Frazey Ford – Tuning Fork: October 15, 2022

Frazey Ford completed a trifecta of postponed shows including Tame Impala playing in the arena next door, and Mel Parsons out at Avondale.

Auckland’s status as a UNESCO ‘City of Music’ took a bit of a hammering during the peaks of the pandemic, but Saturday it seemed in catch-up mode.  With her U Kin B the Sun release to promote, Frazey brought her golden voice and solar warmth to the Tuning Fork.

Finn Johansson

First up was the super- talented and engaging Finn Johansson. Its not just the rather excellent moustache, but his unrelenting creativity, that reminds me at times of Frank Zappa. Tonight, however, he sported almost as much make-up as Alice Cooper and a spectacular – and soon discarded – white fur coat.

And it was a two-for one deal with pal Jazmine Mary on guitar. With hands-freed from attending to strings, we had Finn in full flight, arms flailing and embodying the title of his song Love Bomb.

With stripped back versions of his songs, Jazmine Mary’s gentle guitar chords carried the affective power of his raw and honest lyrics. A highlight? The beautiful I Know Exactly How Big My Heart Is. Almost Todd Rundgren lyrical beauty. That song title left us in little doubt of the scope of his feelings and songs.  If you haven’t seen Finn perform, do please. And soon.


Frazey Ford

Last here in 2017, this visit – the last stop on her tour – was honoured by a larger and more reverential audience.  And reverence was more than deserved. Her mesmerising voice is utterly distinctive and her genre hard to categorise. Soul? Americana? Maybe a bit of both, but perhaps Canadiana. For me, at least, her smooth rippled voice brings to mind the sheltered blue expansive waters of the Georgia Strait beyond her home city of Vancouver.

Like another distinctive voice from British Columbia, k d lang, Frazey Ford’s career began in another genre. What was the twang of country for lang was the folk of the Be Good Tanyas for Ford. Taking flight solo has seen her release three collections. At the Tuning Fork she dipped heavily into 2021’s U Kin B the Sun, a harmonically rich sonic tapestry.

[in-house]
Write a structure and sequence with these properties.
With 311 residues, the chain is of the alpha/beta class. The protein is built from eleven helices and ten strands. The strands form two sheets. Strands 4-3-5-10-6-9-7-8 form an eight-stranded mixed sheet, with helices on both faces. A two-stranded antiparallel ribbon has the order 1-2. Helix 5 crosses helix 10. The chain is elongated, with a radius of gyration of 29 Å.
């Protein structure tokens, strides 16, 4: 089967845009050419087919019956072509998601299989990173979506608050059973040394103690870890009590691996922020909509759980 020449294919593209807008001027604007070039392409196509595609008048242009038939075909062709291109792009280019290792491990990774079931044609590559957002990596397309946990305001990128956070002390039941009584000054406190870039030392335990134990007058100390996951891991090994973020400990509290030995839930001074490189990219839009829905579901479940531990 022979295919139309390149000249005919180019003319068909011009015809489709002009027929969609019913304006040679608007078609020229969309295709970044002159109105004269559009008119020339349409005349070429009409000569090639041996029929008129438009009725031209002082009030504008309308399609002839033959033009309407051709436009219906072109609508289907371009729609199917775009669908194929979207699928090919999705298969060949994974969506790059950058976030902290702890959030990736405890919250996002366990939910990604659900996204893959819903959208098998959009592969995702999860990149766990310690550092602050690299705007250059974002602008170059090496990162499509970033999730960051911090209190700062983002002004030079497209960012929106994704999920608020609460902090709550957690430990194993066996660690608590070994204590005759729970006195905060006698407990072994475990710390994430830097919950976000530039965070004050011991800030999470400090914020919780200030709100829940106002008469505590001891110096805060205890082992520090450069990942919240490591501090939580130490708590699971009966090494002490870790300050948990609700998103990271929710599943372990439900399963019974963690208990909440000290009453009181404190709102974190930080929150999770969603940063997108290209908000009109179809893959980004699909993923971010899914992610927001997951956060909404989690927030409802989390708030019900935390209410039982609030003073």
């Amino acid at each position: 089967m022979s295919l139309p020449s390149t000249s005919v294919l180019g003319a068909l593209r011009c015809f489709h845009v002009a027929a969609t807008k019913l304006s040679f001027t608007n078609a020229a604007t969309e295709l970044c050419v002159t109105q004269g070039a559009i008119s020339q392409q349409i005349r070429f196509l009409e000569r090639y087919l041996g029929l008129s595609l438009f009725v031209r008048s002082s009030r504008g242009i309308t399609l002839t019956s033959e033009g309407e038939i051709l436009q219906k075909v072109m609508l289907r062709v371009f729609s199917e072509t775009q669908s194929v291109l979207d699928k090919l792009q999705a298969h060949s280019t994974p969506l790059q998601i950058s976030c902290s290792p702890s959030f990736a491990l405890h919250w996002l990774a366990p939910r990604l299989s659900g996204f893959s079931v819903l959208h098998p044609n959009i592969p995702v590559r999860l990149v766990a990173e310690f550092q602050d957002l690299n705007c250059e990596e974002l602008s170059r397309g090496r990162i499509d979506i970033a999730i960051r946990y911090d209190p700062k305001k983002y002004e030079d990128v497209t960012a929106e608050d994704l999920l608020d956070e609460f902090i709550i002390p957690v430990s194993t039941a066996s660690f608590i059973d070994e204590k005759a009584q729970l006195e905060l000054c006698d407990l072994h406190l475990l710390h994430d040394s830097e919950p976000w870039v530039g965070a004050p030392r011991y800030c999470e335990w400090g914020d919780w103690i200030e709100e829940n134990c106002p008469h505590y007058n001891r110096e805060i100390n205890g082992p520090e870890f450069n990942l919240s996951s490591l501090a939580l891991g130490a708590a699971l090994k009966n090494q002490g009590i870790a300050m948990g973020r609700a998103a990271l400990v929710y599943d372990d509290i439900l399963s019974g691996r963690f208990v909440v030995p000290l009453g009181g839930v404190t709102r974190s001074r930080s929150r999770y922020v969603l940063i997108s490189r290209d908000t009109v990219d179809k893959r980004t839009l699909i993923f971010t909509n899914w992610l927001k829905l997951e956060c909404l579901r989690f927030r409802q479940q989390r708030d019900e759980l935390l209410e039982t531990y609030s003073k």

Most of Ford’s songs are mystical evocations in which not-quite hearing all the doesn’t matter; it’s the places her voice takes you that counts. Their soaring, wavering landscapes are unforgettable heard live.

And then there are the minority of songs that reveal her activist family of upbringing (she spoke of her father escaping to Canada to avoid the FBI). The Kids are Having None of It is introduced as a ‘fuck the patriarchy’ song. And, left till the encore, Done speaks to women reclaiming their lives from the men getting in their way.

One thing striking about this show was the band’s tightness. For one whose voice can be so delicate, paradoxically, drums added a great deal. As did, more obviously, her long-time vocal accompanist Caroline Ballhorn.  But at the centre, always, is Frazey’s voice – given emphasis on stage with presumably intentionally low-lighting.

Highlights included Azad, written for her sister whom she describes as “the wildest human I’ve known” and the gorgeously languid September Fields from her second album, Indian Ocean.

While Auckland is blessed with many gigs these days as we surface from pandemic times, there are few occasions we are visited by such voices. As the person next to me said ‘How does Canada produce so many good songwriters?’ ‘The sharpness of the seasons maybe’ I replied, grasping at possibilities. The song Three Golden Trees continued to sway within as I walked to the ferry.

Robin Kearns

Frazey Ford set list

  1. I like you better
  2. Natural Law
  3. Money Can’t buy
  4. U and me
  5. The Kids are Having none of it
  6. Three golden trees
  7. Azad
  8. Holdin’ it down
  9. Purple and brown
  10. September fields
  11. U kin b the sun
  12. Done


Finn Johansson set list

  1. If this is love
  2. You Look Down At Me
  3. I know exactly how big my heart is
  4. Six Pack
  5. Love Bomb
  6. Maybe